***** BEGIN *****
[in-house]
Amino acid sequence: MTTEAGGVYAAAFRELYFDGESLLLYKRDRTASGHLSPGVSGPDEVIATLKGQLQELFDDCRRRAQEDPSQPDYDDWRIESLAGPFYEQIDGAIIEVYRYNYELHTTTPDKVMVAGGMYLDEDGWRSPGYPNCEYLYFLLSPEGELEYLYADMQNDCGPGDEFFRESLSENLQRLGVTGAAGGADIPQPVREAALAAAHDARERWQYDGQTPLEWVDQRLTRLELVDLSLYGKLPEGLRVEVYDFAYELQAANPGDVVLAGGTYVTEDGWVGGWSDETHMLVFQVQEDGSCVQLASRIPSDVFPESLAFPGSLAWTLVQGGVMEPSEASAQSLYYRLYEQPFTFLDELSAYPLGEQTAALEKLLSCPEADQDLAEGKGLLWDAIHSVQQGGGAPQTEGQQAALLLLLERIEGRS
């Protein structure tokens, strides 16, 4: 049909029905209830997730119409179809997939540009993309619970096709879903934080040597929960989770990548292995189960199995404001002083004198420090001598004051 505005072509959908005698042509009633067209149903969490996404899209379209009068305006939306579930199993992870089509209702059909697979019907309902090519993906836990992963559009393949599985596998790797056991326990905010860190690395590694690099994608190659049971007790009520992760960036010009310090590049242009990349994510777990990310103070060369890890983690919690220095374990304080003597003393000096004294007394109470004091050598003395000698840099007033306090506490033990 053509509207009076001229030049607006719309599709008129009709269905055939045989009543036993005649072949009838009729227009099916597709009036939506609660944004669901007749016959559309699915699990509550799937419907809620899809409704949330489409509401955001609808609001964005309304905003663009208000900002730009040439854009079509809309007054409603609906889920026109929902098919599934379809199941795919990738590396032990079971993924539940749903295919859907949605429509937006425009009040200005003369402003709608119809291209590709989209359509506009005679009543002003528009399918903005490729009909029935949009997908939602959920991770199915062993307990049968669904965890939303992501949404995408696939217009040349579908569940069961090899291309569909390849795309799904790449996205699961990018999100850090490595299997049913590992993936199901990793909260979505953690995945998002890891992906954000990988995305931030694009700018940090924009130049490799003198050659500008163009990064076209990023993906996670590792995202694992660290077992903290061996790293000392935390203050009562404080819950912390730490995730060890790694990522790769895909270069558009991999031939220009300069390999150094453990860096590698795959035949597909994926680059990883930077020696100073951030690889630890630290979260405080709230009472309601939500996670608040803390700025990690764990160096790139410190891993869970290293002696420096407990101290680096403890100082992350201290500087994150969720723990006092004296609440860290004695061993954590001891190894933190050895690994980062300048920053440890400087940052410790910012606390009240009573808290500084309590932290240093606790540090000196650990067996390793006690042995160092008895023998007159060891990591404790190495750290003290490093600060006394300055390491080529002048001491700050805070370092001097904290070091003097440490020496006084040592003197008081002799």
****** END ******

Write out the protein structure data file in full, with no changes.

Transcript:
[in-house]
Amino acid sequence: MTTEAGGVYAAAFRELYFDGESLLLYKRDRTASGHLSPGVSGPDEVIATLKGQLQELFDDCRRRAQEDPSQPDYDDWRIESLAGPFYEQIDGAIIEVYRYNYELHTTTPDKVMVAGGMYLDEDGWRSPGYPNCEYLYFLLSPEGELEYLYADMQNDCGPGDEFFRESLSENLQRLGVTGAAGGADIPQPVREAALAAAHDARERWQYDGQTPLEWVDQRLTRLELVDLSLYGKLPEGLRVEVYDFAYELQAANPGDVVLAGGTYVTEDGWVGGWSDETHMLVFQVQEDGSCVQLASRIPSDVFPESLAFPGSLAWTLVQGGVMEPSEASAQSLYYRLYEQPFTFLDELSAYPLGEQTAALEKLLSCPEADQDLAEGKGLLWDAIHSVQQGGGAPQTEGQQAALLLLLERIEGRS
């Protein structure tokens, strides 16, 4: 049909029905209830997730119409179809997939540009993309619970096709879903934080040597929960989770990548292995189960199995404001002083004198420090001598004051 505005072509959908005698042509009633067209149903969490996404899209379209009068305006939306579930199993992870089509209702059909697979019907309902090519993906836990992963559009393949599985596998790797056991326990905010860190690395590694690099994608190659049971007790009520992760960036010009310090590049242009990349994510777990990310103070060369890890983690919690220095374990304080003597003393000096004294007394109470004091050598003395000698840099007033306090506490033990 053509509207009076001229030049607006719309599709008129009709269905055939045989009543036993005649072949009838009729227009099916597709009036939506609660944004669901007749016959559309699915699990509550799937419907809620899809409704949330489409509401955001609808609001964005309304905003663009208000900002730009040439854009079509809309007054409603609906889920026109929902098919599934379809199941795919990738590396032990079971993924539940749903295919859907949605429509937006425009009040200005003369402003709608119809291209590709989209359509506009005679009543002003528009399918903005490729009909029935949009997908939602959920991770199915062993307990049968669904965890939303992501949404995408696939217009040349579908569940069961090899291309569909390849795309799904790449996205699961990018999100850090490595299997049913590992993936199901990793909260979505953690995945998002890891992906954000990988995305931030694009700018940090924009130049490799003198050659500008163009990064076209990023993906996670590792995202694992660290077992903290061996790293000392935390203050009562404080819950912390730490995730060890790694990522790769895909270069558009991999031939220009300069390999150094453990860096590698795959035949597909994926680059990883930077020696100073951030690889630890630290979260405080709230009472309601939500996670608040803390700025990690764990160096790139410190891993869970290293002696420096407990101290680096403890100082992350201290500087994150969720723990006092004296609440860290004695061993954590001891190894933190050895690994980062300048920053440890400087940052410790910012606390009240009573808290500084309590932290240093606790540090000196650990067996390793006690042995160092008895023998007159060891990591404790190495750290003290490093600060006394300055390491080529002048001491700050805070370092001097904290070091003097440490020496006084040592003197008081002799």